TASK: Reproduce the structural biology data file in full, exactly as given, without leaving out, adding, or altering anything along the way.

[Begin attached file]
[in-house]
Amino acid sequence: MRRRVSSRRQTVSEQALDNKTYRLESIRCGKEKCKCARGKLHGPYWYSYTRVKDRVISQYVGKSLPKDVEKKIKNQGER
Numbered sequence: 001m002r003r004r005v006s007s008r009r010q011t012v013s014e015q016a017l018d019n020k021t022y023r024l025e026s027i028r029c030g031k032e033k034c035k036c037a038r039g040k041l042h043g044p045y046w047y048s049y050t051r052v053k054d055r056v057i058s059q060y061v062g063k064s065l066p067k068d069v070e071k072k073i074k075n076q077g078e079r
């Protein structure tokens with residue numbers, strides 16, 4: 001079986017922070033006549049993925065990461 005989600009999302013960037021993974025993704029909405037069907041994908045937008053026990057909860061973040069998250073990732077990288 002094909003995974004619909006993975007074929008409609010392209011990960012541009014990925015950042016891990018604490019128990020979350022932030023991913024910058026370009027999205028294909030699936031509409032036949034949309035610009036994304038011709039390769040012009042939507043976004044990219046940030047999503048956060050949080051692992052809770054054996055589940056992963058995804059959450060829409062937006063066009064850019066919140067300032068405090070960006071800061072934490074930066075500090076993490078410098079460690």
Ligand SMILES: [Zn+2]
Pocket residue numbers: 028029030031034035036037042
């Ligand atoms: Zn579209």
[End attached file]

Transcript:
[in-house]
Amino acid sequence: MRRRVSSRRQTVSEQALDNKTYRLESIRCGKEKCKCARGKLHGPYWYSYTRVKDRVISQYVGKSLPKDVEKKIKNQGER
Numbered sequence: 001m002r003r004r005v006s007s008r009r010q011t012v013s014e015q016a017l018d019n020k021t022y023r024l025e026s027i028r029c030g031k032e033k034c035k036c037a038r039g040k041l042h043g044p045y046w047y048s049y050t051r052v053k054d055r056v057i058s059q060y061v062g063k064s065l066p067k068d069v070e071k072k073i074k075n076q077g078e079r
């Protein structure tokens with residue numbers, strides 16, 4: 001079986017922070033006549049993925065990461 005989600009999302013960037021993974025993704029909405037069907041994908045937008053026990057909860061973040069998250073990732077990288 002094909003995974004619909006993975007074929008409609010392209011990960012541009014990925015950042016891990018604490019128990020979350022932030023991913024910058026370009027999205028294909030699936031509409032036949034949309035610009036994304038011709039390769040012009042939507043976004044990219046940030047999503048956060050949080051692992052809770054054996055589940056992963058995804059959450060829409062937006063066009064850019066919140067300032068405090070960006071800061072934490074930066075500090076993490078410098079460690």
Ligand SMILES: [Zn+2]
Pocket residue numbers: 028029030031034035036037042
């Ligand atoms: Zn579209």